People should have say in commissioner terms

Published 10:05am Wednesday, March 20, 2013

What is wrong with government these days?

Wow, now that is a loaded question that could summon up quite a litany of responses. In a nutshell though, many people would likely tell you the major issue with national, state and even local government is that the people don’t have a say in what becomes law or legislation.

Polk County this week took the opportunity to ensure yet another decision isn’t taken out of the hands of the people.

At Polk County’s March 18th meeting commissioners discussed the consideration of changing commission member terms to four years, following a resolution recently approved at the Polk County Republican Party convention.

Monday night about a dozen people spoke up saying they were concerned about the proposal and that, if nothing else, the decision should be put to a referendum.

The Bulletin discovered late yesterday that the resolution would not be sent to Raleigh and we think that was the best move.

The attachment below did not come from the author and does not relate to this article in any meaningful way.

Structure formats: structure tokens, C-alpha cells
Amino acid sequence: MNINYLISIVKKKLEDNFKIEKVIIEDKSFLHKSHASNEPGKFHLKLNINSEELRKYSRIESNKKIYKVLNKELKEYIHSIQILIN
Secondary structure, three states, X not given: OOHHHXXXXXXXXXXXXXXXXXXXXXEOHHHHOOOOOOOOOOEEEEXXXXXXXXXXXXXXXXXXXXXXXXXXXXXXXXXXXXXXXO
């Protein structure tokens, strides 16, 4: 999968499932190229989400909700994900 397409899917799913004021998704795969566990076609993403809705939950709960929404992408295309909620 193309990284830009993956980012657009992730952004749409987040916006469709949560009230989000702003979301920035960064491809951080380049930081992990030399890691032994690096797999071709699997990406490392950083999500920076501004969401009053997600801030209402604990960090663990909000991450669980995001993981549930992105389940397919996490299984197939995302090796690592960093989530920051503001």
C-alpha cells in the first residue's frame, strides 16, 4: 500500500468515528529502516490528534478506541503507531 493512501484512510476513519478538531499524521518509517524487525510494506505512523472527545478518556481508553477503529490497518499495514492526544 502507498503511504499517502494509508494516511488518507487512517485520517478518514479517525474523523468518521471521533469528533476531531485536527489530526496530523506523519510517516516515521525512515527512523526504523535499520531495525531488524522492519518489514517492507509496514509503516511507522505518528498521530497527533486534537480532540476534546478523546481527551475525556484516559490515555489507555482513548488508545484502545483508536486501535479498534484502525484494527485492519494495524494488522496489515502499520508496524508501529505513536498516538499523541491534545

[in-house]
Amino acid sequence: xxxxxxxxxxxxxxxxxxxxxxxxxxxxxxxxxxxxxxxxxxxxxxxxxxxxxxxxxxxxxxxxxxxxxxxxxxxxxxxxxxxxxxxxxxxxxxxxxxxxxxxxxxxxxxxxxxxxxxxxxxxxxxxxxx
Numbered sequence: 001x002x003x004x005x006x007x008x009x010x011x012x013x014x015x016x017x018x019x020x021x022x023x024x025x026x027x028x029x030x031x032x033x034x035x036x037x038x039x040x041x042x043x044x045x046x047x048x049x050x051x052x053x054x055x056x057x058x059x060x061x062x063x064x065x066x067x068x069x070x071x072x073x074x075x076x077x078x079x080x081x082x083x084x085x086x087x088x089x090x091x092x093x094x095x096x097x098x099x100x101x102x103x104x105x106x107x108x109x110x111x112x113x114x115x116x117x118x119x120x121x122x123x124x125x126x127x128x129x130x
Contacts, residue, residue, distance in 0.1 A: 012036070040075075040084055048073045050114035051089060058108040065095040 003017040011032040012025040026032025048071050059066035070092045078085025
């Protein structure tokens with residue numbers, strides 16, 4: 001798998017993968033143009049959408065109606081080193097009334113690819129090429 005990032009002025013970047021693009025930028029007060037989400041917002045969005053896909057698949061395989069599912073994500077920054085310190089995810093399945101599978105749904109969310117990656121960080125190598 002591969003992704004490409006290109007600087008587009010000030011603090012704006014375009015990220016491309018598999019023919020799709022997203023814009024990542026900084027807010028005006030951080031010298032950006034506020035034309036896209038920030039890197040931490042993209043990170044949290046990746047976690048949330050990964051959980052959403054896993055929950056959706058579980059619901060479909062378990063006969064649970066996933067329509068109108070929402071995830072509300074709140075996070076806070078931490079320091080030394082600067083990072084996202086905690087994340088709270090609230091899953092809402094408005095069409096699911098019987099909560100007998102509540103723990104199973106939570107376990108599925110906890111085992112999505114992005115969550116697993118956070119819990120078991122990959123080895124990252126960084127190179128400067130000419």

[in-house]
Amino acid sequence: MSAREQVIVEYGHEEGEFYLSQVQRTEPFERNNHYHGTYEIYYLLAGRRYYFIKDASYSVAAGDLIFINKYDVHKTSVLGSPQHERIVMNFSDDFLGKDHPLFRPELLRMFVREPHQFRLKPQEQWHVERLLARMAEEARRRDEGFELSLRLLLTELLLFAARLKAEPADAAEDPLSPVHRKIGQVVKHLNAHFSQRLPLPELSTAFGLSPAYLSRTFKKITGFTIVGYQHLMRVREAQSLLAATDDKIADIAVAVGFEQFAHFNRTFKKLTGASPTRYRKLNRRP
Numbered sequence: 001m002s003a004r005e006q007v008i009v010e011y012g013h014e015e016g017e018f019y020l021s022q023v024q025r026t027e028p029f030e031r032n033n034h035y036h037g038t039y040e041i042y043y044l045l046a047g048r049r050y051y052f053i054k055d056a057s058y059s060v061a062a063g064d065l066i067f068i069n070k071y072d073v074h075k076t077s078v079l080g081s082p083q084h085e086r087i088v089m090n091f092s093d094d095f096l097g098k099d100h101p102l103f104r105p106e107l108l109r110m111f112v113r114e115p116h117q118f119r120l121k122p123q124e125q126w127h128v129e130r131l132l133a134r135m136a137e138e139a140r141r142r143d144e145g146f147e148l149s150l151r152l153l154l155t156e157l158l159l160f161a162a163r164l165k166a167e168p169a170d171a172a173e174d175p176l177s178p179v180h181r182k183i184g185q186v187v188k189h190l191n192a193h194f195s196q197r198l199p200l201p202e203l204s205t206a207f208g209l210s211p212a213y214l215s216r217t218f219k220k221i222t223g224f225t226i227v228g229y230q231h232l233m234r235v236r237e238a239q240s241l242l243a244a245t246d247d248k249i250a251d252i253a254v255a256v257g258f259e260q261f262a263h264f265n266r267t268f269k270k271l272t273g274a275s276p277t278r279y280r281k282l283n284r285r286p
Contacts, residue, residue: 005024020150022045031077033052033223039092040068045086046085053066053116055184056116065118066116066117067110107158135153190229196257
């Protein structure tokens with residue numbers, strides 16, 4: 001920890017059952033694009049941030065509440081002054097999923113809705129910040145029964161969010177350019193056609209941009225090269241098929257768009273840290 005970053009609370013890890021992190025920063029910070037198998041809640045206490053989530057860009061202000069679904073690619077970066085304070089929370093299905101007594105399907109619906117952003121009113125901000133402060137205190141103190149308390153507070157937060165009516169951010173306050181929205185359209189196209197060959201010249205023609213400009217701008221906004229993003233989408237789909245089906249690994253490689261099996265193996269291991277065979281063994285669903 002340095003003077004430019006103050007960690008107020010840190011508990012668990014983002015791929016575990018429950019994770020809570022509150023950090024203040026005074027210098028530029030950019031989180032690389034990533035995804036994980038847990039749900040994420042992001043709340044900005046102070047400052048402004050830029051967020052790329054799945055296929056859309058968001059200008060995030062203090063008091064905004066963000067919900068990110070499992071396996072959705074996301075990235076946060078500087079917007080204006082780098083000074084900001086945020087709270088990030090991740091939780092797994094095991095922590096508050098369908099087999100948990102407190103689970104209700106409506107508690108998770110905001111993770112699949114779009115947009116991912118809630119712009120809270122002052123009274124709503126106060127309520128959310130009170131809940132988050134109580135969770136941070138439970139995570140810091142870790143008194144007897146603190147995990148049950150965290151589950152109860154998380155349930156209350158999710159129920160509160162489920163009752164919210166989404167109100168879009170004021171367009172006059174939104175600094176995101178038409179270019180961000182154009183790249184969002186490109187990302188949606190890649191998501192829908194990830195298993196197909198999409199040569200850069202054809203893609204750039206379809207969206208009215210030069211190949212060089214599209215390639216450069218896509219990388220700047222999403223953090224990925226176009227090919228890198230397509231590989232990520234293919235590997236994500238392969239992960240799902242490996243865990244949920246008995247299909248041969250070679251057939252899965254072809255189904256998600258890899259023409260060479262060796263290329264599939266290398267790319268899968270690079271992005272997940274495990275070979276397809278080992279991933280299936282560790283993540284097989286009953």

A question like this should be posed to the people of Polk County at large and not be left to state legislators to determine. Polk County may be one of only nine counties left to not allow for all four-year terms on its commission, but that doesn’t mean the county is one of nine in the state that are wrong.

We’re not saying there couldn’t be benefits to four-year terms. With four-year terms, candidates would not be spending large amounts of campaign money to only get in two years of work. With the change the community could potentially have four years of stable leadership from individuals allowed the time to settle in their positions and really make a difference.

And, we’re sure other positives could be found, but there are also negatives. Currently if an elected commission candidate ends up serving inappropriately or does not listen to the people, then there is a means of voting in someone new. Right now, under the current system, commissioners who do not receive the most votes understand they have two years to make that impact and hopefully attempt to get to work quickly.

Regardless of the positives and negatives of the actual proposal, the issue we see standing out most is that the decision should always be up to the voters here and not politicians in Raleigh.

Commissioners will discuss the issue again April 1.

– Editorial staff, Tryon Daily Bulletin

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